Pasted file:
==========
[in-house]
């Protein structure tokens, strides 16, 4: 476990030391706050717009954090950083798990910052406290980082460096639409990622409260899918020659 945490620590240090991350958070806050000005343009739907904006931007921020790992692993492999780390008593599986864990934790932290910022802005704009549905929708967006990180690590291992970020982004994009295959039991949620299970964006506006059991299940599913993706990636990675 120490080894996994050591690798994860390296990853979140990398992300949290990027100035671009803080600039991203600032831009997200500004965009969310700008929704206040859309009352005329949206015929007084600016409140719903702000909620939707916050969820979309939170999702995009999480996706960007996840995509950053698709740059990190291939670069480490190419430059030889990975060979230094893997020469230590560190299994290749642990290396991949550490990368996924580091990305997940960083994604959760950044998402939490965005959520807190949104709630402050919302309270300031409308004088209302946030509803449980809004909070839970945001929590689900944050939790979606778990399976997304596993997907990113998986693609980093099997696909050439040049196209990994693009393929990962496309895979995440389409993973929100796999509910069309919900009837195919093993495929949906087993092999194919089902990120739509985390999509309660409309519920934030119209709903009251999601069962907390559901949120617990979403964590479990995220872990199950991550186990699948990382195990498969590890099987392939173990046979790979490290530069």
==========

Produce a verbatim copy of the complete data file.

[in-house]
């Protein structure tokens, strides 16, 4: 476990030391706050717009954090950083798990910052406290980082460096639409990622409260899918020659 945490620590240090991350958070806050000005343009739907904006931007921020790992692993492999780390008593599986864990934790932290910022802005704009549905929708967006990180690590291992970020982004994009295959039991949620299970964006506006059991299940599913993706990636990675 120490080894996994050591690798994860390296990853979140990398992300949290990027100035671009803080600039991203600032831009997200500004965009969310700008929704206040859309009352005329949206015929007084600016409140719903702000909620939707916050969820979309939170999702995009999480996706960007996840995509950053698709740059990190291939670069480490190419430059030889990975060979230094893997020469230590560190299994290749642990290396991949550490990368996924580091990305997940960083994604959760950044998402939490965005959520807190949104709630402050919302309270300031409308004088209302946030509803449980809004909070839970945001929590689900944050939790979606778990399976997304596993997907990113998986693609980093099997696909050439040049196209990994693009393929990962496309895979995440389409993973929100796999509910069309919900009837195919093993495929949906087993092999194919089902990120739509985390999509309660409309519920934030119209709903009251999601069962907390559901949120617990979403964590479990995220872990199950991550186990699948990382195990498969590890099987392939173990046979790979490290530069």